Implant Stability and Bone Remodeling after 3 and 13 Days of Implantation with an Initial Static Strain

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Bone is constantly exposed to dynamic and static loads, which induce both dynamic and static bone strains. Although numerous studies exist on the effect of dynamic strain on implant stability and bone remodeling, the effect of static strain needs further investigation. Therefore, the effect of two different static bone strain levels on implant stability and bone remodeling at two different implantation times was investigated in a rabbit model.


Two different test implants with a diametrical expansion of 0.15 mm (group A) and 0.05 mm (group B) creating initial static bone strains of 0.045 and 0.015, respectively. The implants were inserted in the proximal tibial metaphysis of 24 rabbits to observe the biological response at implant removal. Both groups were compared to control implants (group C), with no diametrical increase. The insertion torque (ITQ) was measured to represent the initial stability and the removal torque (RTQ) was measured to analyze the effect that static strain had on implant stability and bone remodeling after 3 and 13 days of implantation time.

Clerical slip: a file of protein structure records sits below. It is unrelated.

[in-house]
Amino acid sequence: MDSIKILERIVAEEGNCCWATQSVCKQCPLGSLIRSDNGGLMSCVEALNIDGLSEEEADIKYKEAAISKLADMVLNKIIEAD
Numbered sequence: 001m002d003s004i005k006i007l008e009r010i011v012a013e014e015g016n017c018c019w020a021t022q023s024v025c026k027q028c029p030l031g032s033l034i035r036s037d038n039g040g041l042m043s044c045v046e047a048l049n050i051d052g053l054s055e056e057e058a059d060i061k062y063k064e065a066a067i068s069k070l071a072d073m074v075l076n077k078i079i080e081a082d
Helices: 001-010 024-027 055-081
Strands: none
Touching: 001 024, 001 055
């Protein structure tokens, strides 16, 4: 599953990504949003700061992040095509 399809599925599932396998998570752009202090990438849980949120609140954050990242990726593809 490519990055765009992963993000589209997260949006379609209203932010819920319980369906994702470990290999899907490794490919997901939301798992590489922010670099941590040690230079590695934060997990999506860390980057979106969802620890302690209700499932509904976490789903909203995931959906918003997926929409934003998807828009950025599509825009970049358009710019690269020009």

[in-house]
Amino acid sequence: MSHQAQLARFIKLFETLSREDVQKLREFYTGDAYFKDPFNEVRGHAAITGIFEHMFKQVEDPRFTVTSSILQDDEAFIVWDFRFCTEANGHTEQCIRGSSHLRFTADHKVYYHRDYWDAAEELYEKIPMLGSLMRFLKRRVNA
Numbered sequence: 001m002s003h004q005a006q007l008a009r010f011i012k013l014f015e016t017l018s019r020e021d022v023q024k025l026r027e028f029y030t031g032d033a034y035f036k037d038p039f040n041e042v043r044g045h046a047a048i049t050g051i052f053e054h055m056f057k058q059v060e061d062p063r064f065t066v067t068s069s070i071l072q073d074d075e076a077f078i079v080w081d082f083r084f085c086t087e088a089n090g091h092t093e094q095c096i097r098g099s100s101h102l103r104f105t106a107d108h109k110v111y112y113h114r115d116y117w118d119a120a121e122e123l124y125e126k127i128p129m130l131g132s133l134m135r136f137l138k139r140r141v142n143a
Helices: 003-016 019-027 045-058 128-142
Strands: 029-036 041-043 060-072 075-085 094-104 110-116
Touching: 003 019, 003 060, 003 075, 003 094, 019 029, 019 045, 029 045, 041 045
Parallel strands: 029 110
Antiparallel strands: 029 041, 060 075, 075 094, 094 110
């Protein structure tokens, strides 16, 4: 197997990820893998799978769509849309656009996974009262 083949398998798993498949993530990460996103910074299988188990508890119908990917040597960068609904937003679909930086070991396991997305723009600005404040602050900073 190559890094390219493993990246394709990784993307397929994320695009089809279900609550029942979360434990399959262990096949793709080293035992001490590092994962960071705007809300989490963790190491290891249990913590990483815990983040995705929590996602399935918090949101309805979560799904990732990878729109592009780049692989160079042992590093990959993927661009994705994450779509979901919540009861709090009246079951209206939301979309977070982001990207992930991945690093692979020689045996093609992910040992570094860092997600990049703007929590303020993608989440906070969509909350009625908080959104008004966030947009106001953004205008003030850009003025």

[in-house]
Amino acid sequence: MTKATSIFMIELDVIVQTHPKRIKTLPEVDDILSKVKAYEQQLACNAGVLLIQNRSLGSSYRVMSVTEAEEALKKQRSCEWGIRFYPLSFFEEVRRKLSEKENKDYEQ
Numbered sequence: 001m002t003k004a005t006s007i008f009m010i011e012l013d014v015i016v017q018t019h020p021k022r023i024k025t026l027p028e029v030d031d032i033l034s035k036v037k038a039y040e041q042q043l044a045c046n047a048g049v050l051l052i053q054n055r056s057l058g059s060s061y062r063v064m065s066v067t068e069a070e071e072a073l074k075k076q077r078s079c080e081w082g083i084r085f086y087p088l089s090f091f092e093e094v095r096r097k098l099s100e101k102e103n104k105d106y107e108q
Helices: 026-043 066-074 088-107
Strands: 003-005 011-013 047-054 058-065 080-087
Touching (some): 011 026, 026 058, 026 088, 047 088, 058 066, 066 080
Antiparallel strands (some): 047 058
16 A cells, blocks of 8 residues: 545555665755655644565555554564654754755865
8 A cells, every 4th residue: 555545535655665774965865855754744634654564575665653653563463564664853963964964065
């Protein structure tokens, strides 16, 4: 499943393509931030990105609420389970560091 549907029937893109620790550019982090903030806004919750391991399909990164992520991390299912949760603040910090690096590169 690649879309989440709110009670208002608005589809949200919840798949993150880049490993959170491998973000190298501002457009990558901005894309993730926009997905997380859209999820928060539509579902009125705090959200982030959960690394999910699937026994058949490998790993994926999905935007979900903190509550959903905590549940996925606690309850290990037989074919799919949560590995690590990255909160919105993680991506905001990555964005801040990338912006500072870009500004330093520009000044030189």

The ITQ and the RTQ values for test implants were significantly higher for both implantation times compared to control implants. A selection of histology samples was prepared to measure bone to implant contact (BIC). There was a tendency that the BIC values for test implants were higher compared to control implants.


These findings suggest that increased static bone strain creates higher implant stability at the time of insertion, and this increased stability is maintained throughout the observed period.

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